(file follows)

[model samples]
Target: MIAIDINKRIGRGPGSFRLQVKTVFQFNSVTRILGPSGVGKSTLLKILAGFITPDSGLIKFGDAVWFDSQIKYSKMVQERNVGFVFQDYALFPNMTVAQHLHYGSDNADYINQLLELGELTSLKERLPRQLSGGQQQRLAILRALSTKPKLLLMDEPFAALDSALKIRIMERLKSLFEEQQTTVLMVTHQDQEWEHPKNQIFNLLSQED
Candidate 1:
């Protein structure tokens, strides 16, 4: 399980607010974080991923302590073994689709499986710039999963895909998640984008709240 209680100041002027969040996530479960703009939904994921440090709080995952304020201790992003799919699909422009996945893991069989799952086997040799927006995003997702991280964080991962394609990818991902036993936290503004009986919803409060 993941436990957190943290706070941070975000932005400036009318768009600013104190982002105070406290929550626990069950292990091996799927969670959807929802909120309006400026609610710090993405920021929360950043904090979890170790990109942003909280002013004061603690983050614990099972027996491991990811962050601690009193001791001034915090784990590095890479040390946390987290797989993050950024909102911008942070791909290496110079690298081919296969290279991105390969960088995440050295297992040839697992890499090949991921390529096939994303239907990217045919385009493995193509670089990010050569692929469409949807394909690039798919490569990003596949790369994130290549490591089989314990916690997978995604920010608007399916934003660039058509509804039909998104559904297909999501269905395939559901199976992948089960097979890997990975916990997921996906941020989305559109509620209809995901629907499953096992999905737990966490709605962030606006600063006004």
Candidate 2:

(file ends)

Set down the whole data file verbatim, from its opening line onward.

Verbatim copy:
[model samples]
Target: MIAIDINKRIGRGPGSFRLQVKTVFQFNSVTRILGPSGVGKSTLLKILAGFITPDSGLIKFGDAVWFDSQIKYSKMVQERNVGFVFQDYALFPNMTVAQHLHYGSDNADYINQLLELGELTSLKERLPRQLSGGQQQRLAILRALSTKPKLLLMDEPFAALDSALKIRIMERLKSLFEEQQTTVLMVTHQDQEWEHPKNQIFNLLSQED
Candidate 1:
């Protein structure tokens, strides 16, 4: 399980607010974080991923302590073994689709499986710039999963895909998640984008709240 209680100041002027969040996530479960703009939904994921440090709080995952304020201790992003799919699909422009996945893991069989799952086997040799927006995003997702991280964080991962394609990818991902036993936290503004009986919803409060 993941436990957190943290706070941070975000932005400036009318768009600013104190982002105070406290929550626990069950292990091996799927969670959807929802909120309006400026609610710090993405920021929360950043904090979890170790990109942003909280002013004061603690983050614990099972027996491991990811962050601690009193001791001034915090784990590095890479040390946390987290797989993050950024909102911008942070791909290496110079690298081919296969290279991105390969960088995440050295297992040839697992890499090949991921390529096939994303239907990217045919385009493995193509670089990010050569692929469409949807394909690039798919490569990003596949790369994130290549490591089989314990916690997978995604920010608007399916934003660039058509509804039909998104559904297909999501269905395939559901199976992948089960097979890997990975916990997921996906941020989305559109509620209809995901629907499953096992999905737990966490709605962030606006600063006004």
Candidate 2: